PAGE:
Estrada also disputed whether a broom or mop handle, under the circumstances of this case, constituted a dangerous weapon within the meaning of 18 U.S.C. § 113(a)(3). In United States v. Bey, we addressed a similar issue. The defendants in Bey were charged with assault on a federal officer with a dangerous weapon pursuant to 18 U.S.C. § 111 (1976). 667 F.2d at 8. Over the objections of the defendants, the court instructed the jury on the lesser-included offense of simple assault, and the jury convicted the defendants of that offense. Id. at 11. The defendants appealed, arguing that a mop handle was necessarily a dangerous weapon and therefore no lesser-included-offense instruction was warranted. Id. We disagreed, and we affirmed the convictions, reasoning that
what constitutes a dangerous weapon depends not on the nature of the object itself but on its capacity, given the manner of its use to " ' * * * endanger life or inflict great bodily harm.' " Factors relevant to this determination include the circumstances under which the object is used and the size and condition of the assaulting and assaulted persons. A dangerous weapon is an object capable of doing serious damage to the victim of the assault; the jury could reasonably have found that the mop handles were not under the circumstances dangerous weapons.
Id. (omission in original); see also United States v. Schoenborn, 4 F.3d 1424, 1433 (7th Cir.1993) ("Whether or not an object constitutes a dangerous weapon under § 113(c) is a question of fact and necessarily depends on the particular circumstances of each case."); United States v. Hamilton, 626 F.2d 348, 349 (4th Cir.1980) ("Whether an article should be deemed a weapon depends not only upon the nature of the article but the intent with which it is used or conveyed by the individual. This is ordinarily a question to be determined by the jury ...." (citing United States v. Barnes, 569 F.2d 862, 863 (5th Cir.1978))).
As Estrada presented evidence sufficient for the jury to find that he assaulted Gilbreath without a broom or mop handle and as any broom or mop handle that he did use may or may not have constituted a dangerous weapon under the circumstances, Estrada was entitled to an instruction on the offense of simple assault. The district court thus abused its discretion in denying Estrada's request for such an instruction.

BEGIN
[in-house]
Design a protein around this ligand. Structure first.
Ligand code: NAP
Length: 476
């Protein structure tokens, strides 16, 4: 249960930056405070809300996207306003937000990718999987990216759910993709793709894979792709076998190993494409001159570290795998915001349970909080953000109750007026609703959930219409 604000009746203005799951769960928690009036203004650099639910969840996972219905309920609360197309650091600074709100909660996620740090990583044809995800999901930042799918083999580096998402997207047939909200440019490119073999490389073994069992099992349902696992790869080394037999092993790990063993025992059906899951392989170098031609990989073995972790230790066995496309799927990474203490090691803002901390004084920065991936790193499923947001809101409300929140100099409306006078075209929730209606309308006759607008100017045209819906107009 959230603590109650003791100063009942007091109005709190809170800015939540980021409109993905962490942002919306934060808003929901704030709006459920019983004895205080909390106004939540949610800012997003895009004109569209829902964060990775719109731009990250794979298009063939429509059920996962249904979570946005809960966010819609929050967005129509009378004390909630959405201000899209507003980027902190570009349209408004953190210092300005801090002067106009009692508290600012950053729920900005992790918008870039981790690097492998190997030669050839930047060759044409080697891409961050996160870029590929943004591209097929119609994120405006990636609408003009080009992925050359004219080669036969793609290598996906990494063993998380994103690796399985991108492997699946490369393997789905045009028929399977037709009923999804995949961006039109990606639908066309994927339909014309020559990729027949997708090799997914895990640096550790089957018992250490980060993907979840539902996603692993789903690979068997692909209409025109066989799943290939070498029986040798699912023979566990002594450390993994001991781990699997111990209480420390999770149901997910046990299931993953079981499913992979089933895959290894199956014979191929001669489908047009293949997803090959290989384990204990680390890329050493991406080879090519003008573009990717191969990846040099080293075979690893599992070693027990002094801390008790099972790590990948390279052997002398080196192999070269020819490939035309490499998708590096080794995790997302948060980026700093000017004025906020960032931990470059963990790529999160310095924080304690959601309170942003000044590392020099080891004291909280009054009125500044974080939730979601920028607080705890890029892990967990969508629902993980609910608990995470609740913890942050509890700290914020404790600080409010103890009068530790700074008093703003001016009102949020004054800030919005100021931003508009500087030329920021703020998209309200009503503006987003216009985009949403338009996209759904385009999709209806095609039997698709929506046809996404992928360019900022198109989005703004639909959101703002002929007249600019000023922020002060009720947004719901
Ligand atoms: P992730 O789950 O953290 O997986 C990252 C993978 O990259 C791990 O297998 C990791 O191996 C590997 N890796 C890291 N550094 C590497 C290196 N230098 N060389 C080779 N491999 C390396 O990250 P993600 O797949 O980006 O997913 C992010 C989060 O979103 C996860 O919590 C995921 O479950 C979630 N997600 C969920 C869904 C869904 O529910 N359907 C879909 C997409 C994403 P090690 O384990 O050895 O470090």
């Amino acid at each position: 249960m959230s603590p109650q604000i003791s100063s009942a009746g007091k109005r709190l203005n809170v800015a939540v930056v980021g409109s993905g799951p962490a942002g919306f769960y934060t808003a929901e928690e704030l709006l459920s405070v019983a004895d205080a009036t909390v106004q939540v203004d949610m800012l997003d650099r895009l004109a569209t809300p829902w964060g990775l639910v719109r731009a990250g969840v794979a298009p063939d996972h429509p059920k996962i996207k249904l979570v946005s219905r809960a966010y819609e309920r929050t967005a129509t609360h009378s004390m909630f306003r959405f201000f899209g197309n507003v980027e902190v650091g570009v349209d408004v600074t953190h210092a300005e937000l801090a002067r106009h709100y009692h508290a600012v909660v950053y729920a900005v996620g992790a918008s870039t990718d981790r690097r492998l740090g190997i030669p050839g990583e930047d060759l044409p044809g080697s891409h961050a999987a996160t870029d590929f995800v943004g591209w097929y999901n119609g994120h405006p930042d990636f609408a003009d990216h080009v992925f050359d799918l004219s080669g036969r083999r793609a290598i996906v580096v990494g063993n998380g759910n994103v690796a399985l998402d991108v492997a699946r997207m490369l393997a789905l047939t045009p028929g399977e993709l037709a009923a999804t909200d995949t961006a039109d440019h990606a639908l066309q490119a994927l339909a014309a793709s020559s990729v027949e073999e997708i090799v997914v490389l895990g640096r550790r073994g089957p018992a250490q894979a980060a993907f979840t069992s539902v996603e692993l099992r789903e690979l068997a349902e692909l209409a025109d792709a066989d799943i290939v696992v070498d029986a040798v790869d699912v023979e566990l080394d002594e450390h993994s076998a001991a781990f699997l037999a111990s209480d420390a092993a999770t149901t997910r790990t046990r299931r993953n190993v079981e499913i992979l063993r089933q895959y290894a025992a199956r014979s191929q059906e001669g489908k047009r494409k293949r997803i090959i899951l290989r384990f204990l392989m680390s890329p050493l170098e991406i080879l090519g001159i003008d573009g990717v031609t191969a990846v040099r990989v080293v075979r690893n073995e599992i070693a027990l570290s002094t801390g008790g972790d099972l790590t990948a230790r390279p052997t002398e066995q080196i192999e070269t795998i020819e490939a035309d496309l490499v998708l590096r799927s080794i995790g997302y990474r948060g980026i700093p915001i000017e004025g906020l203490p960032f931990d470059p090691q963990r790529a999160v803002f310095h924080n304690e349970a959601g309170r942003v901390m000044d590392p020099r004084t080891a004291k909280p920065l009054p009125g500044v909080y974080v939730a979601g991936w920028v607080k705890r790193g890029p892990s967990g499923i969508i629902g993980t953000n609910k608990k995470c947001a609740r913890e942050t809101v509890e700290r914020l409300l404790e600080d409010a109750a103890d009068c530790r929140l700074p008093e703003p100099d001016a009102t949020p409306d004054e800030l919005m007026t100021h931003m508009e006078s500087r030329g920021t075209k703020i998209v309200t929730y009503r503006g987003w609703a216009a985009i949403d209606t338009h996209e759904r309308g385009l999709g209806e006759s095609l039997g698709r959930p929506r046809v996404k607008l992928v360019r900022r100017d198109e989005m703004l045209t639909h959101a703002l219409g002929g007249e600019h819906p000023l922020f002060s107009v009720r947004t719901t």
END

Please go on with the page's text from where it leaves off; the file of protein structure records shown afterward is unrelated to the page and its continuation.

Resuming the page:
For the foregoing reasons, we AFFIRM the district court's judgment of conviction and sentence as to Hernandez, and we REVERSE the district court's judgment of conviction and sentence as to Estrada.
District Judge of the Eastern District of Louisiana, sitting by designation
Section 113 does not define the term "assault." Courts have therefore used the common-law definitions of both criminal and tortious assault when interpreting the statute. See United States v. Guilbert, 692 F.2d 1340, 1343 (11th Cir.1982) (noting that both of the traditional common-law definitions of "assault" apply to 18 U.S.C. § 113 because the statute does not define the term); United States v. Bell, 505 F.2d 539, 540 (7th Cir.1974) ("When a federal criminal statute uses a common law term without defining it, the term is given its common law meaning."); cf. United States v. Stewart, 568 F.2d 501, 504 (6th Cir.1978) (noting that the term "simple assault" in § 113 is "no doubt intended to embrace the common law meaning of that term"). Therefore, in order to prove the defendant guilty of assault, the government must show (1) that the defendant attempted to commit a battery on the victim or (2) that the defendant put the victim in reasonable apprehension of immediate bodily harm. See Guilbert, 692 F.2d at 1343; Bell, 505 F.2d at 540
The government and defense counsel also stipulated that another inmate, Enrique Rodriquez, would have testified that he observed Valenzuela in his room during the incident
Estrada also testified that he was not involved in the altercation at all. However, the jury was entitled to believe none, all, or any part of his testimony. See 2 WRIGHT, supra, § 498, at 799 ("In determining whether to instruct on the lesser offense, the court must take into account the possibility that the jury might reasonably believe defendant only in part or might make findings different from the version set forth in anyone's testimony."); cf. Chase 838 F.2d at 747 (" '[E]ven where the defendant presents a totally exculpatory defense, the [lesser-included-offense] instruction should nevertheless be given if the prosecution's evidence provides a "rational basis" for the jury's finding the defendant guilty of a lesser offense.' " (quoting United States v. Payne, 805 F.2d 1062, 1067 (D.C.Cir.1986))). Therefore, the jury might have discredited Estrada's testimony denying any involvement in the altercation, but it might also have credited his testimony denying the use of a weapon